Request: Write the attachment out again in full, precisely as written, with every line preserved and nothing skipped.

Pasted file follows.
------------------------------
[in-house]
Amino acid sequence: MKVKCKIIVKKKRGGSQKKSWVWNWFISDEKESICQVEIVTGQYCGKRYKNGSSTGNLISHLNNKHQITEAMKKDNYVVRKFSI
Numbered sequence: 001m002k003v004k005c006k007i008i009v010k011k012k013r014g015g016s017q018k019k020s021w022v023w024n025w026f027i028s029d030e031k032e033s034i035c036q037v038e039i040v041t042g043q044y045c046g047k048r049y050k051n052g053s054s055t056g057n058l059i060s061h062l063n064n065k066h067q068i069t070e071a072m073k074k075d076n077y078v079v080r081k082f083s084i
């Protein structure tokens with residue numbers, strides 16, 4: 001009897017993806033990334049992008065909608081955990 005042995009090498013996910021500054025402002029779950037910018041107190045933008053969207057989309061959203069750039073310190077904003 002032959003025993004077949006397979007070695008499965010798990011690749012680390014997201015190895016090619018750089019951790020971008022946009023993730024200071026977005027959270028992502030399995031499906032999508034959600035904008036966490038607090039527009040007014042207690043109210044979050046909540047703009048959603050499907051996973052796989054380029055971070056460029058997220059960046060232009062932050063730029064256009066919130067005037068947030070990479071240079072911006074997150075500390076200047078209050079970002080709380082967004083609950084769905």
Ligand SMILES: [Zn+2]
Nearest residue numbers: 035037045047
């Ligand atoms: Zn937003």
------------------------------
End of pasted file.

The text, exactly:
[in-house]
Amino acid sequence: MKVKCKIIVKKKRGGSQKKSWVWNWFISDEKESICQVEIVTGQYCGKRYKNGSSTGNLISHLNNKHQITEAMKKDNYVVRKFSI
Numbered sequence: 001m002k003v004k005c006k007i008i009v010k011k012k013r014g015g016s017q018k019k020s021w022v023w024n025w026f027i028s029d030e031k032e033s034i035c036q037v038e039i040v041t042g043q044y045c046g047k048r049y050k051n052g053s054s055t056g057n058l059i060s061h062l063n064n065k066h067q068i069t070e071a072m073k074k075d076n077y078v079v080r081k082f083s084i
């Protein structure tokens with residue numbers, strides 16, 4: 001009897017993806033990334049992008065909608081955990 005042995009090498013996910021500054025402002029779950037910018041107190045933008053969207057989309061959203069750039073310190077904003 002032959003025993004077949006397979007070695008499965010798990011690749012680390014997201015190895016090619018750089019951790020971008022946009023993730024200071026977005027959270028992502030399995031499906032999508034959600035904008036966490038607090039527009040007014042207690043109210044979050046909540047703009048959603050499907051996973052796989054380029055971070056460029058997220059960046060232009062932050063730029064256009066919130067005037068947030070990479071240079072911006074997150075500390076200047078209050079970002080709380082967004083609950084769905």
Ligand SMILES: [Zn+2]
Nearest residue numbers: 035037045047
């Ligand atoms: Zn937003």